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State Accuses Escrow Firms of Overcharging Home Buyers

Lawsuit: Title companies are also targeted by controller's office, which will seek refunds for customers who may have been shortchanged by $500 million.


SACRAMENTO — Equating escrow companies' business practices with "petty crime," Controller Kathleen Connell on Monday accused the industry of withholding as much as $500 million from California home buyers in recent decades.

Connell made the charge as she announced that she had filed a class-action lawsuit last week against major escrow and title insurance companies seeking to recoup the money on behalf of the state and consumers.

The two-term Democrat said individual consumers have been overcharged anywhere from a few dollars to $500 or more on each transaction dating back to the 1970s, and vowed to seek refunds on the behalf of home buyers.

"It wasn't one or two companies. It was an industry standard," Connell said at a Capitol news conference, adding that she has 20 auditors going through escrow and title insurance company books to calculate the extent of the problem. She said she will add 10 more.

"We will be knocking on their doors. We'll be demanding the money," Connell said.

The suit accuses the companies of unfair business practices. It names Fidelity National Title Insurance Co. of Santa Barbara as the lead defendant, although Connell said many other escrow and title insurance companies also will be targets.

Representatives of the escrow industry vehemently denied Connell's accusations.

"We think they are completely wrong on this," said Peter Sadowski, executive vice president and attorney for Fidelity National.

Sadowski said Fidelity hired its own accounting firm after Connell began her audit. Preliminary findings suggest that Fidelity and Connell's estimates of the sums at stake are "not even in the same ballpark," Sadowski said.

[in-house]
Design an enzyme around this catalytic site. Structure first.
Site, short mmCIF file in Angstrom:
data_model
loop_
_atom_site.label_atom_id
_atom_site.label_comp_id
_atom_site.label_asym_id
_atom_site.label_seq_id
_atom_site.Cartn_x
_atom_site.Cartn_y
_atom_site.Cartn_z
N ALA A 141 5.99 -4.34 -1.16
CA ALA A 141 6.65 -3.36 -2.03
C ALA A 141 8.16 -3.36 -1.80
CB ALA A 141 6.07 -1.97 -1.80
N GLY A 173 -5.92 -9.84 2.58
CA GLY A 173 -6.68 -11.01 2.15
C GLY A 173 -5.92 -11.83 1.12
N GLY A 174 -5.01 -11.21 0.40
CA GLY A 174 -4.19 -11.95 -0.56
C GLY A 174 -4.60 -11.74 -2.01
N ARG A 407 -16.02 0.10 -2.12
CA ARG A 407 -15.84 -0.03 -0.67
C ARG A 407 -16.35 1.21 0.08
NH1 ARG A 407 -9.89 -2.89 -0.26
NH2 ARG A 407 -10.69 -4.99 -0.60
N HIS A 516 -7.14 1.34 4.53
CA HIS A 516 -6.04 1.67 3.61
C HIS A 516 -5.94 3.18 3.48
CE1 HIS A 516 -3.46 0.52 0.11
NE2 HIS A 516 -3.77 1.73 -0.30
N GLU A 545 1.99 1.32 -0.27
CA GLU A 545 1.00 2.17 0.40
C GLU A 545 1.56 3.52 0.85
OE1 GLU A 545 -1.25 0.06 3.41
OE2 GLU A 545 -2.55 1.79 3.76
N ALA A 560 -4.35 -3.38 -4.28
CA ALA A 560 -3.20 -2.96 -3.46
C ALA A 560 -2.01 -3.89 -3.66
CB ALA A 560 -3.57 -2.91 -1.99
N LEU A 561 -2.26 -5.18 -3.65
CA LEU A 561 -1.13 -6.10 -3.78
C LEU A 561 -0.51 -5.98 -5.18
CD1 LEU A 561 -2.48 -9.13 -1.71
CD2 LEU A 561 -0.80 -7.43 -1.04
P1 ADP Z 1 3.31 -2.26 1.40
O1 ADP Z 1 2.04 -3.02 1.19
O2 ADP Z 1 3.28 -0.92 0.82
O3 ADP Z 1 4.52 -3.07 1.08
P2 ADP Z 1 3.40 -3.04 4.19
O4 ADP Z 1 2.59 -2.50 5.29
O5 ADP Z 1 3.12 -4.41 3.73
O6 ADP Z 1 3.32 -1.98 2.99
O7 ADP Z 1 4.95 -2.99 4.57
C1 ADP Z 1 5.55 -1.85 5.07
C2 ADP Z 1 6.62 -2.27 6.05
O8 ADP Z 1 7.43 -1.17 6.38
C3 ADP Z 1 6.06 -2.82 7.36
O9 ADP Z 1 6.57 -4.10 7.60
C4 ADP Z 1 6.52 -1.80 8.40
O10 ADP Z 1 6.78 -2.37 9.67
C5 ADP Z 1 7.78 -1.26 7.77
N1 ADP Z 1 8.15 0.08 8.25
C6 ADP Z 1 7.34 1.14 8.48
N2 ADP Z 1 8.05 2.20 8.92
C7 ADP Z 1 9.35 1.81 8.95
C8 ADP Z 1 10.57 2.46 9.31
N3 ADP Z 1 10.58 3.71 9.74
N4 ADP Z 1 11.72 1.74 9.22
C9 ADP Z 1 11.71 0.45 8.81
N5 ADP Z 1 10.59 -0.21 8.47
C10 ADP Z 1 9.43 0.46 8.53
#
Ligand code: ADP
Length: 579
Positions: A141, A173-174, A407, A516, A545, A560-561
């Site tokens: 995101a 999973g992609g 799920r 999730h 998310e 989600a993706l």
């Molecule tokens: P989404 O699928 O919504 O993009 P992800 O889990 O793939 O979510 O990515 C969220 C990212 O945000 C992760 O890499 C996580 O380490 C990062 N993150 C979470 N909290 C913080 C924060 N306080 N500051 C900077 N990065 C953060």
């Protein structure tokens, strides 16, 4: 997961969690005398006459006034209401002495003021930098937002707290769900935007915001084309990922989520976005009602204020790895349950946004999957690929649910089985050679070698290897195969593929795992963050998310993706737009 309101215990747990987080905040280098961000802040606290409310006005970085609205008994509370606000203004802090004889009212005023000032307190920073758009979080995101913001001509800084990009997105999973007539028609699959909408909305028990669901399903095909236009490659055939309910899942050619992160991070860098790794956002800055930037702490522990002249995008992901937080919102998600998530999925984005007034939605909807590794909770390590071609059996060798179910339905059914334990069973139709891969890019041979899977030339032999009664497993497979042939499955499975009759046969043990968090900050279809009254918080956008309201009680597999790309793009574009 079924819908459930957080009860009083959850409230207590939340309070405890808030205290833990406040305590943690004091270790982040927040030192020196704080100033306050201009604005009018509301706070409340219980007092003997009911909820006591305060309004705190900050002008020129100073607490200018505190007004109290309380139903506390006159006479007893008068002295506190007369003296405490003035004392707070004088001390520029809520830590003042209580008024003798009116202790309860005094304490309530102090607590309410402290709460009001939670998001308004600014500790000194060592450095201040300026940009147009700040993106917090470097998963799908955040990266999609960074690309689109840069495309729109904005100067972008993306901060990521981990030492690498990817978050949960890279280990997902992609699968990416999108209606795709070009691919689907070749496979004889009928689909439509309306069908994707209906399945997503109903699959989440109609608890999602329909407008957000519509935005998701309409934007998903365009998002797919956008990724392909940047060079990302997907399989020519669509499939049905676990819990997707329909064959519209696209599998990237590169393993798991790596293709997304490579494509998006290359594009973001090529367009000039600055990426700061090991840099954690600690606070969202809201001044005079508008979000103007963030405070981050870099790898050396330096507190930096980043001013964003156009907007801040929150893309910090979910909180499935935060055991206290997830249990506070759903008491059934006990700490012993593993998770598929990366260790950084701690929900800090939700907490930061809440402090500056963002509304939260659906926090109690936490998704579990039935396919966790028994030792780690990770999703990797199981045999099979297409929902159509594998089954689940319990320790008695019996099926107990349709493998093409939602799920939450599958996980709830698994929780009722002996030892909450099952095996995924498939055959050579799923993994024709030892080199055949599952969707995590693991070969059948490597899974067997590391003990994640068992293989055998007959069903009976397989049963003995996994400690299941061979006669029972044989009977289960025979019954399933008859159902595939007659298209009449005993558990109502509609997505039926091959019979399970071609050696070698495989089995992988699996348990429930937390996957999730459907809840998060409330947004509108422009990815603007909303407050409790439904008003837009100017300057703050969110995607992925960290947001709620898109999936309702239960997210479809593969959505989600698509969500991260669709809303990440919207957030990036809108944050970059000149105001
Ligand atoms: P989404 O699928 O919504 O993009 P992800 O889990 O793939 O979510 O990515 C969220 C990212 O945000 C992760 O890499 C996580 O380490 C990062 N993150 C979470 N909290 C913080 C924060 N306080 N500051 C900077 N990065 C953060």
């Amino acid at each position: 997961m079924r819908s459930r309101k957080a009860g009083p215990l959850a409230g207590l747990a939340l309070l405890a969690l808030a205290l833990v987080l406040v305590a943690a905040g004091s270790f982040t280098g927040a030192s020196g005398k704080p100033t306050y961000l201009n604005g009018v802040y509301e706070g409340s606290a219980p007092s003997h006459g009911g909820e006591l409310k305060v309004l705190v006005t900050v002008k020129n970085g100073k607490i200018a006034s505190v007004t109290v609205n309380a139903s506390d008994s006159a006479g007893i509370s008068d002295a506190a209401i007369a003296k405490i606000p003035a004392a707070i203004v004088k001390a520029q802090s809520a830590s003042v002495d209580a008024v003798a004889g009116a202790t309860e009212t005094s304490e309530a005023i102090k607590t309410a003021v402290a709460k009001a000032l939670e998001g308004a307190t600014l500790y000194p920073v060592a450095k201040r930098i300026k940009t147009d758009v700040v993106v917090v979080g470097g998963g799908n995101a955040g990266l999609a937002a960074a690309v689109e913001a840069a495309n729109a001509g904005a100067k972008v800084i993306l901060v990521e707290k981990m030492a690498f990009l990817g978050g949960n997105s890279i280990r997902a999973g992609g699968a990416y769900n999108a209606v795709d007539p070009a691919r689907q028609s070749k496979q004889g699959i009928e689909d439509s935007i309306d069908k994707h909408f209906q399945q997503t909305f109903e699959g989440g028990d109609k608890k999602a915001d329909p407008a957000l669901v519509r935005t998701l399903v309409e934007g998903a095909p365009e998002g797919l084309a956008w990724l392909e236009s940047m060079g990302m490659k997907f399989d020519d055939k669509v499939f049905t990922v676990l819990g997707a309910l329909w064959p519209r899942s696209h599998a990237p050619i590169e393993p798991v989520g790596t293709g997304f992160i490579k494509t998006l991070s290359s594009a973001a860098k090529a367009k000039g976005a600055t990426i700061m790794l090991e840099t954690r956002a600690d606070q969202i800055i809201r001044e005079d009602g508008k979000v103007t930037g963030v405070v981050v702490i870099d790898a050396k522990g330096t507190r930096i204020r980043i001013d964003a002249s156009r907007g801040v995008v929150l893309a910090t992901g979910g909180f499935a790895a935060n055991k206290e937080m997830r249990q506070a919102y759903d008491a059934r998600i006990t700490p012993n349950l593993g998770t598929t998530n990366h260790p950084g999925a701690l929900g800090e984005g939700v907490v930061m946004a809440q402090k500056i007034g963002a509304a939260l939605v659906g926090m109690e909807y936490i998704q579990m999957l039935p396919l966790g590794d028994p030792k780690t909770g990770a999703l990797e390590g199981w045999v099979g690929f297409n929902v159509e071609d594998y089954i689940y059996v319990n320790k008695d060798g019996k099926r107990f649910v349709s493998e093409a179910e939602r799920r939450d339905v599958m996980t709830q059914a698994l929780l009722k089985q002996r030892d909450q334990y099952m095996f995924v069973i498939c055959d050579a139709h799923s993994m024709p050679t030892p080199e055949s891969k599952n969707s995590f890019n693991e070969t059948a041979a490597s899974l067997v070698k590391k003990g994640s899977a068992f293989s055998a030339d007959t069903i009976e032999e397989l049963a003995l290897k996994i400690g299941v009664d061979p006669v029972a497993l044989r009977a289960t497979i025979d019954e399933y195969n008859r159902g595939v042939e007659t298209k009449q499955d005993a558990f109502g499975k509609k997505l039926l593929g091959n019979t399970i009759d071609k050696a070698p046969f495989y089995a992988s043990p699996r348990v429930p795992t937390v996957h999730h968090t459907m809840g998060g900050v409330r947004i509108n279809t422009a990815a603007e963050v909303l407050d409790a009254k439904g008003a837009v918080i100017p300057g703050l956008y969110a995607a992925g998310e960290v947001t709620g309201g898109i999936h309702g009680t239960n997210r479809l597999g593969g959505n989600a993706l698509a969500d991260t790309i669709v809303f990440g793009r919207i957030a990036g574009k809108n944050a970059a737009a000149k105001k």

"We hope to be able to show the facts to the office of the controller so they will see there isn't any basis for this lawsuit," Sadowski said.

But Connell contended that the companies simply keep money left over from escrow transactions. She called such actions "bad, sloppy business practices," and said, "It's like petty crime." She noted, however, that there are no plans to charge the companies with criminal wrongdoing.

According to Connell, the problem occurs when home buyers place their money into escrow accounts to pay for myriad closing costs. In some instances, she said, charges are levied for services not performed. In others, consumers are overcharged for the services that are performed.

In still other circumstances, money left in escrow accounts at the end of transactions is not always refunded to home buyers. Additionally, escrow companies, and not consumers, receive any interest on the money placed in escrow accounts, the lawsuit states.

Connell did not cite specific examples, nor does the lawsuit filing.

The controller claims jurisdiction because, under state law, her office is responsible for collecting unclaimed money and other property on behalf of Californians, and finding the individuals to whom it belongs.

Connell appeared alone at the news conference, though Insurance Commissioner Chuck Quackenbush and the Department of Insurance also are plaintiffs, and Atty. Gen. Bill Lockyer filed the lawsuit on behalf of both elected officials.

Quackenbush raised the issue of escrow company charges in February, accusing Old Republic Title Co. in an administrative action of using customer deposits to collect $30 million for itself during the last decade. Quackenbush's action followed a lawsuit against Old Republic by San Francisco City Atty. Louise Renne.

"We are optimistic that the industry intends to work cooperatively to find a more than adequate resolution of the problem," said Lockyer spokesman Nathan Barankin.

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